Gun violence is a national public health epidemic that continues to get worse. So much so that since I started writing this there has already been another shooting – this time in Tulsa, Oklahoma at a hospital. Last week, the Uvalde, Texas elementary school shooting that left 19 children and two teachers dead. And a week before that, the Buffalo, New York supermarket shooting, a case of domestic terrorism in which the suspect sought out a Black neighborhood and killed ten people.
The “good guy with a gun” bromide rings more and more hollow with every shooting, which now averages out to be about ten a week.
Writer, actor, and musician Marla Mase started penning an anthem about this uniquely American and terrifying phenomenon way back in 2009 when she first began writing songs. Up to that point, she had been writing plays, solo shows, and monologues (which she still writes prolifically). “And then seemingly out of nowhere during a tough time in my life,” Marla opens up to me, “the songs started coming to me. It was a deluge of sorts and amidst all of it, smack dead center, was the phrase ‘There’s a boy over there he’s holding a gun.’ And I would repeat it over and over to myself. I couldn’t get it out of my head but that’s all I had.”
When songs, phrases, and stories come to Marla, she knows it’s a clarion call to duty she must heed. “A Gun” was one of those cases.
Often, mass shootings are committed by white males. She cites Columbine, Virginia Tech, Binghamton, A McDonald’s in San Diego as examples. Continuing, “a post office in Oklahoma, even the Oklahoma City bombing, to name a few – and I couldn’t help but think that there was something about the American message ‘that you can become anything you want as long as you work hard and believe in yourself’ that bred frustration, isolation, alienation and ultimately violence in certain vulnerable individuals. The violence seemed to me to be an outcry of rage, disappointment, obsessive thinking, grandiosity, self-hatred and a displaced attempt to be seen/to be heard/to prove worthiness. This is not to condone the behavior whatsoever, but it made me question where it may be coming from.”
It was in 2009 when she was also introduced to Tomás Doncker, now her True Groove Record label partner. “When a friend introduced me to Tomás as a potential songwriting partner and producer, we discussed my show A Brief Night Out and I sang my songs/sketches for him. ‘I have this other song but it’s not part of the show” I told him, and I sang him the riff “There’s a boy over there he’s holding a gun.” “That’s it. That’s all I got” I said to him. “Okay, let’s get back to that one at a later date.’ It became a thing over the years, one of those, ‘Oh yeah, here goes Marla again. There’s a boy over there…”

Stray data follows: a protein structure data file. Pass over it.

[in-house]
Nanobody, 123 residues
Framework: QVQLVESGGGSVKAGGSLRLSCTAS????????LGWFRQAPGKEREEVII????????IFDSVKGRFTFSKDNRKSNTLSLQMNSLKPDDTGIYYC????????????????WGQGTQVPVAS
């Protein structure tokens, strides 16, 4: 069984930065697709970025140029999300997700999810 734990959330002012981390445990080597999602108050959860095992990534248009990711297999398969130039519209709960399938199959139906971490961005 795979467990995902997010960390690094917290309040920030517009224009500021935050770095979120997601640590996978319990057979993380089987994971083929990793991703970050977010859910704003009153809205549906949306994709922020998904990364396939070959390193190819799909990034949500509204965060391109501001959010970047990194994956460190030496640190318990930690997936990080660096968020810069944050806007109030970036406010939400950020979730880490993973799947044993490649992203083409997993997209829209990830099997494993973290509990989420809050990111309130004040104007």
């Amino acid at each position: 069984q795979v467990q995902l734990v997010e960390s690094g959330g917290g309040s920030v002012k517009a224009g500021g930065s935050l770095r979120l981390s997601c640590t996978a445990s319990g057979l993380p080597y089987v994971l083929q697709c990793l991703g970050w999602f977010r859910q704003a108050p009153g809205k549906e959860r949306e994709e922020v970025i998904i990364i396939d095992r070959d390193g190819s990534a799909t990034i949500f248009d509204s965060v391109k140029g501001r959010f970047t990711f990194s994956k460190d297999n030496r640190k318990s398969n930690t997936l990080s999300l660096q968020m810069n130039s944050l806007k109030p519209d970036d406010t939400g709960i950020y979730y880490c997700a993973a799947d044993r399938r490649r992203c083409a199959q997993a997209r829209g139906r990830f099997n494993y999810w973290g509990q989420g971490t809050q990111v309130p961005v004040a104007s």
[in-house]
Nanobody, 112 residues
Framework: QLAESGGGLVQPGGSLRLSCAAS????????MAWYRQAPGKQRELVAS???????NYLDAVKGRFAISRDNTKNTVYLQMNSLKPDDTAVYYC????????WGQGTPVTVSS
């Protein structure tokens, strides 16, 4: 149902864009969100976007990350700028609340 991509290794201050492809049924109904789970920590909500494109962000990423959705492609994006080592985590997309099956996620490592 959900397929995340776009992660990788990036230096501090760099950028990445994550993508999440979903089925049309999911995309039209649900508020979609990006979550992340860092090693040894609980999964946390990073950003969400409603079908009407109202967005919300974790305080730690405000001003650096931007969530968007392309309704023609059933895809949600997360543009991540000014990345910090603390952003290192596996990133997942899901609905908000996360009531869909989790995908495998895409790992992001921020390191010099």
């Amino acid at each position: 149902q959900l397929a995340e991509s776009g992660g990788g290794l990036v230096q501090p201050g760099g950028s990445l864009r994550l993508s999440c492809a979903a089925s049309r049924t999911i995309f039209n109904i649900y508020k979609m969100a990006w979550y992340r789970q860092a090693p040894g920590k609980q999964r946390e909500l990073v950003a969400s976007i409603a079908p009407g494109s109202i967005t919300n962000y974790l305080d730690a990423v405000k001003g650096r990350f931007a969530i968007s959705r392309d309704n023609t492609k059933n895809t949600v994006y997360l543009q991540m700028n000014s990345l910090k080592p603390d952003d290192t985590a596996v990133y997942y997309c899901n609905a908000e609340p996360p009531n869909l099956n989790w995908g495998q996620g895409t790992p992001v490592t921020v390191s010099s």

And so, she goes on to write four more albums with Tomás with that line playing on a loop inside her head. “Unbeknownst to him I was riffing/exploring that melodic phrase for years in what he jokingly referred to as ‘Marla’s Acoustic Explorations.’ I didn’t play the guitar at all and yet I discovered many of my songs from those explorations on the guitar I could not play. One night back in 2014, maybe 2015, I riffed on it for about 45 mins. Boys over there with guns (I was thinking at the time of child soldiers in Africa and what was going on in South Sudan, Central African Republic) – Boys over here with guns who want to be in gangs, boys who purchase guns to shoot up their schoolmates. The sexually abused girl who uses a gun to shoot her perpetrator. The kid who finally stands up to the bullies that have been tormenting them, and of course a citizen’s right to bear arms against a dangerous government. It’s not an easy subject, guns. It was during this exploration that I had found the song. Then I had forgotten about it. When Tomás and I started to work on my album Miracles~Lost & Found in 2015 I told him, ‘There’s a boy over there’ is going to be on this album.”
Marla directs attention to a gun culture inculcated in social norms. More importantly, she says the quiet part out loud by pointing out that it starts when we hand our babies toy guns. And lyrically and musically, there is a build-up starting there and ultimately ending with someone using a gun to they’re “invisible no more” if they take others down with them.
“When I first wrote the song I was thinking about child soldiers being given guns, but as I said, The song came to me. It had a mind and heart of its own. So sure, giving kids toy guns as presents, then perhaps later on they are given real guns as presents, then there’s the movies we watch… And yes, I think our obsession with Celebrity Culture is definitely a piece of it for sure. We all want to be seen/recognized. No one is good enough, rich enough, pretty enough, smart enough, tough enough, skinny enough (sha dooby) – because if we were we would be one of them. And if we are not, there’s no one to fault but ourselves. We failed. Social media has heightened this lack exponentially.
“Musically, Tomás slam dunked it. The melody, the build-up, the repetition – his arrangement gives me chills every time I hear it. It sounds exactly as it should sound. He has a gift for hearing the emotion in a song; and on top of that, he hears it as the artist hears it or is trying to express it. I remember when we were sketching out the rough demo in my house, I had this impossible-to-ignore feeling when I was singing the outro, that I was suddenly it from the point of view singing of the shooter. I felt I had been taken over/possessed. I felt their anger, their sadness, their sickness, their desperation: ‘Invisible No More.’ In fact, when we finished, I said to Tomás, ‘I had the weirdest feeling just now. It was like I became the mass shooter.” Then I looked at my phone. Breaking News: ‘The Mass Shooting at the Eagles of Death Metal at Bataclan concert hall in Paris.’ Coincidence? We literally were writing/finishing the song as the shooting was taking place. And again, I had that strange feeling come over me.”